3D Printing Used By Astronauts In Space

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The International Space Station's robotic arm, Canadarm2, grapples the Orbital Sciences' Cygnus cargo craft, as seen in this still image taken from NASA TV July 16, 2014. The Orbital Sciences Corp cargo ship reached the International Space Stati
The International Space Station's robotic arm, Canadarm2, grapples the Orbital Sciences' Cygnus cargo craft, as seen in this still image taken from NASA TV July 16, 2014. The Orbital Sciences Corp cargo ship reached the International Space Station on Wednesday with a delivery of food, supplies, science experiments and a fleet of tiny Earth-imaging satellites that will be launched from the orbital outpost. Reuters

Astronauts at the International Space Station (ISS) have successfully manufactured a working socket wrench using 3D printing technology. The instructions on how to assemble and make the socket wrench was emailed to the astronauts at the ISS, by NASA mission control.

One of the astronauts stationed at the ISS, Barry "Butch" Wilmore, had communicated to the officials at NASA mission control that he required a socket wrench, which was not available at the ISS. The engineering department at Made In Space took this opportunity to set up an experiment to see if the 3D printer that they had developed for the ISS could be put to some good use.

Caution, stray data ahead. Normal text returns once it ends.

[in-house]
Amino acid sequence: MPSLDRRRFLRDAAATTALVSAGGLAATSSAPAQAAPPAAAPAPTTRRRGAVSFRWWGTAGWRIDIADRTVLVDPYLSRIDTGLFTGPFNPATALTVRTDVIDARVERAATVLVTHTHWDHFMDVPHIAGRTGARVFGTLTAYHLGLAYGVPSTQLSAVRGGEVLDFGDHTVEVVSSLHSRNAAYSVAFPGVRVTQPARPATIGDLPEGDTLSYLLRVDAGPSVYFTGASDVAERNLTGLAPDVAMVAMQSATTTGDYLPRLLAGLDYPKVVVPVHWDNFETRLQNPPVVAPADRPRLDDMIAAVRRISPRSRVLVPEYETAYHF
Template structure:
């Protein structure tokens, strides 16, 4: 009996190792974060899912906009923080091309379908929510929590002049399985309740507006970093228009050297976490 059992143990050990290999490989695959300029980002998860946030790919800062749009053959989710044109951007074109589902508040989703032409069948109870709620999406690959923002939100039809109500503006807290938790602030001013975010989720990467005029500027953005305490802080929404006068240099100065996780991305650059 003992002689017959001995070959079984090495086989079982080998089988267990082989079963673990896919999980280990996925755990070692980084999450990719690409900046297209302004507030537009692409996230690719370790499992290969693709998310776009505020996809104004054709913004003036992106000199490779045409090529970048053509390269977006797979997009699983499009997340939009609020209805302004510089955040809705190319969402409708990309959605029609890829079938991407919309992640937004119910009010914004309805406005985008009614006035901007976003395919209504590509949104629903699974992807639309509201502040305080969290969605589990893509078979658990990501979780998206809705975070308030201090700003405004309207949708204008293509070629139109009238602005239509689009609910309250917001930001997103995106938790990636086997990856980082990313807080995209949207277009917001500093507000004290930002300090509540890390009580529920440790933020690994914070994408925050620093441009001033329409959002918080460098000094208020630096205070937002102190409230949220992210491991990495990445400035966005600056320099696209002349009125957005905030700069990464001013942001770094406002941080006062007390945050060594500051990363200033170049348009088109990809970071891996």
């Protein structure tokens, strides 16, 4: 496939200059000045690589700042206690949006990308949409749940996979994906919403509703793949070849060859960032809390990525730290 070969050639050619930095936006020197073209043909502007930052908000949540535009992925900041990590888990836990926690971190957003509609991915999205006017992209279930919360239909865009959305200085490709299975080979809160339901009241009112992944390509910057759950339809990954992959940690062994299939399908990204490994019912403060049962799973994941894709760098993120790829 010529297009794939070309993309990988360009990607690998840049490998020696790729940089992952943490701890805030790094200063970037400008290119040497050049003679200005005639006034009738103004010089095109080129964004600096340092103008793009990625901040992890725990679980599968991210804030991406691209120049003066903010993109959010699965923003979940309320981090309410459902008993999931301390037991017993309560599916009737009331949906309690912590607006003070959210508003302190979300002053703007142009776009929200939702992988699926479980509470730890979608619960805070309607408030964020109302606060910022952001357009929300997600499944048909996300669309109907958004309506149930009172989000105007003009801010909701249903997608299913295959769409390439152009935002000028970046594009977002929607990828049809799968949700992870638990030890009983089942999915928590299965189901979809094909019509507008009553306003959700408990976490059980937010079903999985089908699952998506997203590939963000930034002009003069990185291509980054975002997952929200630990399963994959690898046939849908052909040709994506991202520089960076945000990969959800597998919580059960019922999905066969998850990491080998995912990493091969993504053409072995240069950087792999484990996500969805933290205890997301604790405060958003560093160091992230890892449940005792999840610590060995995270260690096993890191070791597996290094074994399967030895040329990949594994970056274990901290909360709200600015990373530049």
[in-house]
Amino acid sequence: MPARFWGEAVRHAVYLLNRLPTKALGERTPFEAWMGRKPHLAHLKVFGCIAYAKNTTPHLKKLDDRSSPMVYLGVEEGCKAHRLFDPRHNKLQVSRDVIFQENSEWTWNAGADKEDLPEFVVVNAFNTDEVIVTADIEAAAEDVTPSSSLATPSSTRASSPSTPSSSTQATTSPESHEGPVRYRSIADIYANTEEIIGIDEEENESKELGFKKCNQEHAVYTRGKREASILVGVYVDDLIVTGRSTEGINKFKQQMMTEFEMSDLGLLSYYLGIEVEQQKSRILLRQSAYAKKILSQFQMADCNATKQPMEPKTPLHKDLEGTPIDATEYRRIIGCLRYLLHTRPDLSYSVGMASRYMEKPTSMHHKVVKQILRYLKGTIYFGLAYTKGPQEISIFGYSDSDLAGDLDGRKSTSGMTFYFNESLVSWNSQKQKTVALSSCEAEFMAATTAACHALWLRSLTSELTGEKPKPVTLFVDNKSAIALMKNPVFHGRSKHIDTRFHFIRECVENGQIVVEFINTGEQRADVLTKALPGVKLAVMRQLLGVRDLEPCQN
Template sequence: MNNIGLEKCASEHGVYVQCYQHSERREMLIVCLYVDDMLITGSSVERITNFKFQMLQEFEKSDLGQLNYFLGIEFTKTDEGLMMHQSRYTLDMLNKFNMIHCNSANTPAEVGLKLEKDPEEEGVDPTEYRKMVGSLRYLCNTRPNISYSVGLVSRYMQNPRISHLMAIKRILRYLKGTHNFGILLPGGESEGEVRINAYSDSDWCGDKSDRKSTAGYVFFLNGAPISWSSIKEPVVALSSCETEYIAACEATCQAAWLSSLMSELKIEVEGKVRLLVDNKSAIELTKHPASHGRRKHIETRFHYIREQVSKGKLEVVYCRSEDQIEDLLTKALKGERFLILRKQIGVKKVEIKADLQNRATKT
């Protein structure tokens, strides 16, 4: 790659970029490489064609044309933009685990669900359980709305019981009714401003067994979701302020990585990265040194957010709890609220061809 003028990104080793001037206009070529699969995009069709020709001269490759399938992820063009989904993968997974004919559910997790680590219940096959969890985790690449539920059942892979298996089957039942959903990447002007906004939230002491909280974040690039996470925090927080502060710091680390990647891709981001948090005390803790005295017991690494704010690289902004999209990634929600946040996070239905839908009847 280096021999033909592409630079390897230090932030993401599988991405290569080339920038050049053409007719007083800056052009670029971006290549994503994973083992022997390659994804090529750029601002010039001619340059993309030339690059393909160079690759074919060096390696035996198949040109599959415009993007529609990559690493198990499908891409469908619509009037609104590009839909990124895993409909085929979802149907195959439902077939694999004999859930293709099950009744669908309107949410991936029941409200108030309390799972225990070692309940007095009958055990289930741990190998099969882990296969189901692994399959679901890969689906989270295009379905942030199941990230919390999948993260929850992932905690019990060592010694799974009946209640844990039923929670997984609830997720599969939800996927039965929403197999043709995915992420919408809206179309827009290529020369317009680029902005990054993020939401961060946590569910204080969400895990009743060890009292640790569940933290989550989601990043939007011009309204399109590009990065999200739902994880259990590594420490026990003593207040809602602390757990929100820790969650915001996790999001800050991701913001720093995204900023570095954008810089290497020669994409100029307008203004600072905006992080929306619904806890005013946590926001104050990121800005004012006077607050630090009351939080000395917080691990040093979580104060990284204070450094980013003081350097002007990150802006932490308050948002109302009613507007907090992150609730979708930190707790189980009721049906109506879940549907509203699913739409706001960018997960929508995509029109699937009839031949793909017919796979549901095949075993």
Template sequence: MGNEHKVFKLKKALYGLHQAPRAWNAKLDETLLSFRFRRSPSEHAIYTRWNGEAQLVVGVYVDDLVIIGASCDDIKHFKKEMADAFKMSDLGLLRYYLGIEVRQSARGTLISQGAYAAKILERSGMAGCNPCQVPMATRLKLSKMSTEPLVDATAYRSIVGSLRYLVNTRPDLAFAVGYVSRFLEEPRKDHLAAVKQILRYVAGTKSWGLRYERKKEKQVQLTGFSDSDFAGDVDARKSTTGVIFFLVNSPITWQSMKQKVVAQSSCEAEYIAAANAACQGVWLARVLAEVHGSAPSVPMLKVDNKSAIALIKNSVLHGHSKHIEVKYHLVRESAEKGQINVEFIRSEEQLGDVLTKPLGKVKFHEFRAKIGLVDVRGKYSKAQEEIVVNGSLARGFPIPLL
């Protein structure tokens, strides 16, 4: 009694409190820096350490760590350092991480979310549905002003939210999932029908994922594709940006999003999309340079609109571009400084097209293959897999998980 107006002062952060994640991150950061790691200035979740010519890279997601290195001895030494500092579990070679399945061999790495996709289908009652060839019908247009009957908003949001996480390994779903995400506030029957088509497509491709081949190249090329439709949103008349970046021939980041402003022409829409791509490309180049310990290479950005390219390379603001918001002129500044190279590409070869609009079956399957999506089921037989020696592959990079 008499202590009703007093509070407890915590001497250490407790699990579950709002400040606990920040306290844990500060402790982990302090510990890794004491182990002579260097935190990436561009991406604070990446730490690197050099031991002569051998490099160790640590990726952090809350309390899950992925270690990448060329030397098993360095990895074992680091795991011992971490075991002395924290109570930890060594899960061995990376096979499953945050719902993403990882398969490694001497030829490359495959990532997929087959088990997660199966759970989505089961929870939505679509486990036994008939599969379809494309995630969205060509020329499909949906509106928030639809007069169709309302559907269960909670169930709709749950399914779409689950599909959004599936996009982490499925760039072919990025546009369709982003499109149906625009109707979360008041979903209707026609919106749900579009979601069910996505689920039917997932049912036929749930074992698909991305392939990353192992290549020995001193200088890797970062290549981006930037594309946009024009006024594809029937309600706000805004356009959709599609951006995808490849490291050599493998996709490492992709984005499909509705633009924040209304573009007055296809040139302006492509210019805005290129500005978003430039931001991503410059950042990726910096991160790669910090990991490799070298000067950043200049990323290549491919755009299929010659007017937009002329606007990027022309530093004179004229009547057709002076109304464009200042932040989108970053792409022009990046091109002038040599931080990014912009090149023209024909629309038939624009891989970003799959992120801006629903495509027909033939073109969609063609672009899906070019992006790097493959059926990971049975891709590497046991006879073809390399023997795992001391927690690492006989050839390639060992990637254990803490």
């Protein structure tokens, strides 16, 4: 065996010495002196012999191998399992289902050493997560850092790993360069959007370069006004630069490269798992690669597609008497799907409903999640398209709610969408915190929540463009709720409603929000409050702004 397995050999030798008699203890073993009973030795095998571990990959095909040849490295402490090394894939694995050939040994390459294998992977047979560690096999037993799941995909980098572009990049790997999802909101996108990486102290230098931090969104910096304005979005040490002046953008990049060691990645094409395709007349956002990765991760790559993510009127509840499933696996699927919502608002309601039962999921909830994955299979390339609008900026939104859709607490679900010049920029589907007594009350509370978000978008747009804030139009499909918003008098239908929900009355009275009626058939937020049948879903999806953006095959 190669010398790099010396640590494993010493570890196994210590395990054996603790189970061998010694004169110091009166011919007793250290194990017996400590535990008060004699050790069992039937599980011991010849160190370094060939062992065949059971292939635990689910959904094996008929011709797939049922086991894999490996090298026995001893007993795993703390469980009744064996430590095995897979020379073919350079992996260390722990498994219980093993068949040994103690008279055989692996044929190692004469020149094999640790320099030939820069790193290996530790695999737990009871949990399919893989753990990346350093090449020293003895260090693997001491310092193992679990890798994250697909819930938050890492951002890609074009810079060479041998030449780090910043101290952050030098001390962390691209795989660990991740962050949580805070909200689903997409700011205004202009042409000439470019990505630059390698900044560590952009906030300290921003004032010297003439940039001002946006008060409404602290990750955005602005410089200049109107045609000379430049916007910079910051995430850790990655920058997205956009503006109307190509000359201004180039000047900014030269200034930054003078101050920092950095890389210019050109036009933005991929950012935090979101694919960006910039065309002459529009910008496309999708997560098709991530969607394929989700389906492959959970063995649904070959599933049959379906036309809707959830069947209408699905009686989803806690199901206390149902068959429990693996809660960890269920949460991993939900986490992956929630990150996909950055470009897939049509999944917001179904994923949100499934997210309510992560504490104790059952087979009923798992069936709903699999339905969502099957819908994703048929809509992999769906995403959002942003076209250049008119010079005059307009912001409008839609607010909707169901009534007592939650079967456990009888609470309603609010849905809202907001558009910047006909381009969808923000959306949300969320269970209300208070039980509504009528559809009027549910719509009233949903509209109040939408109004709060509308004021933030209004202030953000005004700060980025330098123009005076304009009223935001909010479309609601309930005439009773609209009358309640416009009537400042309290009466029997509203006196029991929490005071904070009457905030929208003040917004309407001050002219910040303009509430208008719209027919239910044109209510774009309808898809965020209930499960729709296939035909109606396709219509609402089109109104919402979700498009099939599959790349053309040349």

The 3D printer reportedly took around four hours to build the socket wrench in the ISS. The founder of Made In Space, Mike Chen, said, "The socket wrench we just manufactured is the first object we designed on the ground and send digitally to space, on the fly. It also marked the end of our first experiment - a sequence of 21 prints that together make up the first tools and objects ever manufactured off the surface of the Earth."

The engineers at Made In Space used computer aided design (CAD) to create plans to produce an earthbound version of the tools. Once NASA verified the design plans, the plans were sent to the ISS in the form of an email. On the safe delivery of the 3D printer, one of the first things it made was a sample component. Scientists hope that the 3D printer can be used in the future, to manufacture parts for any broken equipment in the ISS.

Made In Space plans to collaborate with NASA on future missions to send bigger and better 3D printers onto spacecraft. Not to be outdone, The European Space Agency plans to fly up its very own 3D printer sometime in 2015 as well.  

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